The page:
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CMMC 2.0 Implementation is Just Around the Corner

DoD Contractors and Subs Need to be Pro-Acting Now

CMMC 2.0 implementation is right around the corner

The Department of Defense submitted its new version of the Cybersecurity Maturity Model Certification, CMMC 2.0, into the federal rulemaking process in July 2022. Today, as then, the interim final rules for CMMC 2.0 are expected to be published in the next few months (estimate is June 2023). Following a 60-day final comment period, CMMC 2.0 is estimated to become law in 2024 as part of the Code of Federal Regulations (CFR) Titles 32 and 48.

Although there has been a small extension, the process of CMMC 2.0 implementation is estimated to take 12 months. It cannot be disregarded or outwaited any longer—at least by any contractor who wants to remain in the U.S. defense industrial base and continue to work with the DoD.  

If you handle Federal Contract Information (FCI) and/or Controlled Unclassified Information (CUI) as part of your contractual work with DoD, you will be required to demonstrate compliance with the CMMC 2.0 cybersecurity framework in order to maintain your contract.

CMMC 2.0 requirements will begin appearing in DoD contracts in May 2023, and are expected to be incorporated into all contracts by October 2025, according to the latest DoD estimate. With so much at stake, many larger contractors are already becoming certified to the new requirements.

The Scope of Impact

According to DOD CIO, the Cybersecurity Maturity Model Certification program is designed to enforce the protection of sensitive unclassified information that is shared by the DoD with its contractors and subcontractors. The program provides the DoD increased “assurance that contractors and subs are meeting the cybersecurity requirements that apply to acquisition programs and systems that process controlled unclassified information (CUI)”.

More than 200,000 contractors and their subs comprise the extensive DoD supply chain, also known as the defense industrial base. Almost three-quarters of these organizations (74%) are small subcontractors and suppliers, with varying degrees of cybersecurity and information security safeguards in place. Pentagon officials estimate this number at approximately 80,000.

DoD contractors, subs, and suppliers are required to become more secure and to protect their information more effectively against data breaches, ransomware, and other cyber threats from hackers and adversarial nation states. While the DoD itself maintains extremely robust protections, one weak link in its contractor network can jeopardize the entire DoD supply chain.

Top Three Benefits of the New CMMC

Cybersecurity Maturity Model Certification 2.0 replaces CMMC 1.0 with one objective being to promote greater security with less complexity. There are many exciting changes in the new and improved version, and these are a few of the benefits.

  • Substantially streamlines and clarifies compliance requirements and eliminates the complexity that was so daunting for the small and medium-sized suppliers who comprise nearly 75% of the contractor network.
  • Reflects a complete restructuring of the model’s cybersecurity maturity levels—eliminating two of the original five levels to simplify compliance and assessment. It also improves assessment protocols to help reduce costs for contractors.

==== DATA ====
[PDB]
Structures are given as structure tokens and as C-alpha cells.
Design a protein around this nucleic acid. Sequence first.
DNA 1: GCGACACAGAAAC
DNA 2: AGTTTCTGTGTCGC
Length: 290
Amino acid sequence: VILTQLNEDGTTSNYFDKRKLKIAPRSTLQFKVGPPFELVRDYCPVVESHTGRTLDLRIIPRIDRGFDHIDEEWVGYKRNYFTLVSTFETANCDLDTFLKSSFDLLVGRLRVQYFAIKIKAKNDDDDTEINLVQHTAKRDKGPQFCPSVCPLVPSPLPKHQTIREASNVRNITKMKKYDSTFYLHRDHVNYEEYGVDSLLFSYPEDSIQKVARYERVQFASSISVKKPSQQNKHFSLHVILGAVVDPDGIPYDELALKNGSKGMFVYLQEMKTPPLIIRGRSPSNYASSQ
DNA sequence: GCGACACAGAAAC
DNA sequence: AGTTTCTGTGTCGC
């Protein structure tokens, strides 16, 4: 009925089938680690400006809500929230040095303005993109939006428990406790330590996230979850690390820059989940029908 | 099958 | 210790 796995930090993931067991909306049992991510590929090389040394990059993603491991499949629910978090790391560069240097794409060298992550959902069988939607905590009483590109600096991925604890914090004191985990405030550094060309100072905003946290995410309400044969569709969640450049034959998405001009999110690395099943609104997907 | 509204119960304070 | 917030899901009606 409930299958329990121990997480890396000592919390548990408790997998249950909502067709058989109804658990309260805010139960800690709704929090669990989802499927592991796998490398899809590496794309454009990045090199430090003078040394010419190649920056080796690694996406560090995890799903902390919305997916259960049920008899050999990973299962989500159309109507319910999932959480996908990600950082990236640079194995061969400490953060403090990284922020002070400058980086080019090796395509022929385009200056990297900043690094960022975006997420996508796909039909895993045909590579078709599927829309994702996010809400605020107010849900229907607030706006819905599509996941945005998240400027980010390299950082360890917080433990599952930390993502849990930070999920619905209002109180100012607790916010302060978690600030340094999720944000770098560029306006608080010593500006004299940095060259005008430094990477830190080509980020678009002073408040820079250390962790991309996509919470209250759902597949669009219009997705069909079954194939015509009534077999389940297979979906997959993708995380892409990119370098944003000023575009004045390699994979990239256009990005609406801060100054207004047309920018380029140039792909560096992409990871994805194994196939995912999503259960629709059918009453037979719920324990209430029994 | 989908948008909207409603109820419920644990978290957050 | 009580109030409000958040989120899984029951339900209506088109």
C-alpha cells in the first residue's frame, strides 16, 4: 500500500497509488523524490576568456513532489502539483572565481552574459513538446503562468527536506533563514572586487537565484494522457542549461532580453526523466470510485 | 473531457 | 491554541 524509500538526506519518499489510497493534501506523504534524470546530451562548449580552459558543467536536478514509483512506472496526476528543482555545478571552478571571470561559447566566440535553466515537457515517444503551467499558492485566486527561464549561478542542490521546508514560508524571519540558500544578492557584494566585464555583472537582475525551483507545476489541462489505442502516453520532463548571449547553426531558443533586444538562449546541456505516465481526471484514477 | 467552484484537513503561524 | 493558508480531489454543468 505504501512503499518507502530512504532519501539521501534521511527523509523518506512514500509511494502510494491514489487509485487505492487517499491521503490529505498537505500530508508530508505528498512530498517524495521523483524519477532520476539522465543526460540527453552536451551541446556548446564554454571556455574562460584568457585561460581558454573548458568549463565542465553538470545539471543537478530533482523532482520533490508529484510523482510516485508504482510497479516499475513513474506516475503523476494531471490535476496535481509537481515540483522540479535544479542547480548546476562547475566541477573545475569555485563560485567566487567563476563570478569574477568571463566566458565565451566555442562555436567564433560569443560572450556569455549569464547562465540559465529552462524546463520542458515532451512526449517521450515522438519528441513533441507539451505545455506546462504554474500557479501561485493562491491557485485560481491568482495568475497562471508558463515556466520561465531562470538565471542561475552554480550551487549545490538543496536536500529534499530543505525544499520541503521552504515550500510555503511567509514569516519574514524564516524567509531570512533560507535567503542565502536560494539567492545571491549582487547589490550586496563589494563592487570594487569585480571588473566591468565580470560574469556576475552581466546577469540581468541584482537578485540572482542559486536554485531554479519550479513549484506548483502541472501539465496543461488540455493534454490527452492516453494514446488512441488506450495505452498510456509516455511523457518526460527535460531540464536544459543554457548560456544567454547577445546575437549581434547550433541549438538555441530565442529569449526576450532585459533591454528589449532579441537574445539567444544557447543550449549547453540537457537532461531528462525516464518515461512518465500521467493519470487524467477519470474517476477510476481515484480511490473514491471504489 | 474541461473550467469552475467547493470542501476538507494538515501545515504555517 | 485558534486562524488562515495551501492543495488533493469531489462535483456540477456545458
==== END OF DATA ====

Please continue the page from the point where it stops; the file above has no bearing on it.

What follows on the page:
• Creates a more flexible path to certification with the introduction of Plans of Action & Milestones (POA&Ms).

New Compliance Levels at a Glance

Three maturity levels correspond to the type of information a defense contractor, sub, or supplier is responsible for. Both CUI and FCI are required to be protected by the provisions of CMMC 2.0.

CMMC 2.0 implementation provides three levels of compliance CertificationControlled unclassified information (CUI) is defined as very sensitive information deemed to be “pertinent to our national interests, or pertinent to the important interests of entities beyond the federal government.”

Federal contract information (FCI) is “provided by or created for the DoD under a contract to develop or deliver a product or service to DoD. It is not intended for public release.”

All contractors are required to be certified at one of three levels of certification now available with CMMC 2.0. CMMC assessment requirements vary based on the level of certification needed.

Assistance is available to aid in understanding the requirements for CMMC 2.0 implementation in your organization, and Registered Provider Organizations (RPOs) have been authorized to assist you in preparing for the mandatory CMMC assessments.

To determine which level of compliance you must achieve, it is vital to understand the three levels as outlined below.

Level 1. Foundational – Annual Self-Assessment

This level of compliance is required for all contractors who handle FCI, or federal contract information—which is essentially all contractors. Level 1 is likely to be the only level of compliance required of the smallest suppliers and subs who comprise 74% of the supply chain.

At this level, annual self-assessments are required to demonstrate compliance with 17 security practices listed in the Federal Acquisition Regulation (FAR) 52.204-21.

Level 2. Advanced – Third-Party Assessments Tri-annually

This level focuses on protecting CUI or controlled unclassified information and is based on 110 security practices in the NIST SP 800-171 standard.

Level 2 requires contractors to pass a compliance assessment conducted by an authorized CMMC Third-Party Assessment Organization (known as a C3PAO). This level requires third-party assessments every three years where critical national security information is in play, and annual self-assessments in select cases.

Level 3. Expert – Government-Led Assessments Tri-annually

This level of compliance is required for all contractors who handle CUI that is used in the DoD’s highest priority programs. Most defense industry leaders must meet the requirements at this level, which are based on the 110 security practices in the NIST SP 800-171 standard as well as additional security practices in NIST SP 800-172.

Because this level requires the most stringent security, assessments are only needed every three years and the Defense Industrial Base Cybersecurity Assessment Center (DIBCAC) must be engaged in this process.